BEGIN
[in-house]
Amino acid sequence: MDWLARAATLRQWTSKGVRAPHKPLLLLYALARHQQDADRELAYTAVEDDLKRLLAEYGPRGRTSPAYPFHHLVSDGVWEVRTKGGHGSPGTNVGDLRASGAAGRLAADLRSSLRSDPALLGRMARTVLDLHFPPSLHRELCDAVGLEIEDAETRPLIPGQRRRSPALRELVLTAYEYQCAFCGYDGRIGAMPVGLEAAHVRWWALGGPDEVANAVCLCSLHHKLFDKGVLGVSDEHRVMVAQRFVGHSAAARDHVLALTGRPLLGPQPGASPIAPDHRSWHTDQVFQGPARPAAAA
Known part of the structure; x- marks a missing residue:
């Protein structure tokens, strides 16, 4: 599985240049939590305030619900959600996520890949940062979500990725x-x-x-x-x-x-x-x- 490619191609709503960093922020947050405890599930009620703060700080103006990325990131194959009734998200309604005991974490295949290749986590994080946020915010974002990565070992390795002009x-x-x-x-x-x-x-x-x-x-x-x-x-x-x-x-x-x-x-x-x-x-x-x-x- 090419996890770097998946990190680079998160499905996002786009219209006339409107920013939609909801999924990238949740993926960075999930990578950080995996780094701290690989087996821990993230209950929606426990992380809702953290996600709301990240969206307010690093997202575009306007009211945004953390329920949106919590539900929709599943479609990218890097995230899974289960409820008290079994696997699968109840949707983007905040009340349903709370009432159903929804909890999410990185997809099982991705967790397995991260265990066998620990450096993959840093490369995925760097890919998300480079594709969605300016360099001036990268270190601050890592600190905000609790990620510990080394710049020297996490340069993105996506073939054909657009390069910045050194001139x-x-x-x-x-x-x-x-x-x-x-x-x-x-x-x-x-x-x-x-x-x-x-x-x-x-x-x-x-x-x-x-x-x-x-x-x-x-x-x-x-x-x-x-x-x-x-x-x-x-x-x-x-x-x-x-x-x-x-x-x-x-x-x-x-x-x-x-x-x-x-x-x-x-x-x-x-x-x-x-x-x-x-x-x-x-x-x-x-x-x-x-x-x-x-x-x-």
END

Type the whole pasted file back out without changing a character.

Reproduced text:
[in-house]
Amino acid sequence: MDWLARAATLRQWTSKGVRAPHKPLLLLYALARHQQDADRELAYTAVEDDLKRLLAEYGPRGRTSPAYPFHHLVSDGVWEVRTKGGHGSPGTNVGDLRASGAAGRLAADLRSSLRSDPALLGRMARTVLDLHFPPSLHRELCDAVGLEIEDAETRPLIPGQRRRSPALRELVLTAYEYQCAFCGYDGRIGAMPVGLEAAHVRWWALGGPDEVANAVCLCSLHHKLFDKGVLGVSDEHRVMVAQRFVGHSAAARDHVLALTGRPLLGPQPGASPIAPDHRSWHTDQVFQGPARPAAAA
Known part of the structure; x- marks a missing residue:
């Protein structure tokens, strides 16, 4: 599985240049939590305030619900959600996520890949940062979500990725x-x-x-x-x-x-x-x- 490619191609709503960093922020947050405890599930009620703060700080103006990325990131194959009734998200309604005991974490295949290749986590994080946020915010974002990565070992390795002009x-x-x-x-x-x-x-x-x-x-x-x-x-x-x-x-x-x-x-x-x-x-x-x-x- 090419996890770097998946990190680079998160499905996002786009219209006339409107920013939609909801999924990238949740993926960075999930990578950080995996780094701290690989087996821990993230209950929606426990992380809702953290996600709301990240969206307010690093997202575009306007009211945004953390329920949106919590539900929709599943479609990218890097995230899974289960409820008290079994696997699968109840949707983007905040009340349903709370009432159903929804909890999410990185997809099982991705967790397995991260265990066998620990450096993959840093490369995925760097890919998300480079594709969605300016360099001036990268270190601050890592600190905000609790990620510990080394710049020297996490340069993105996506073939054909657009390069910045050194001139x-x-x-x-x-x-x-x-x-x-x-x-x-x-x-x-x-x-x-x-x-x-x-x-x-x-x-x-x-x-x-x-x-x-x-x-x-x-x-x-x-x-x-x-x-x-x-x-x-x-x-x-x-x-x-x-x-x-x-x-x-x-x-x-x-x-x-x-x-x-x-x-x-x-x-x-x-x-x-x-x-x-x-x-x-x-x-x-x-x-x-x-x-x-x-x-x-």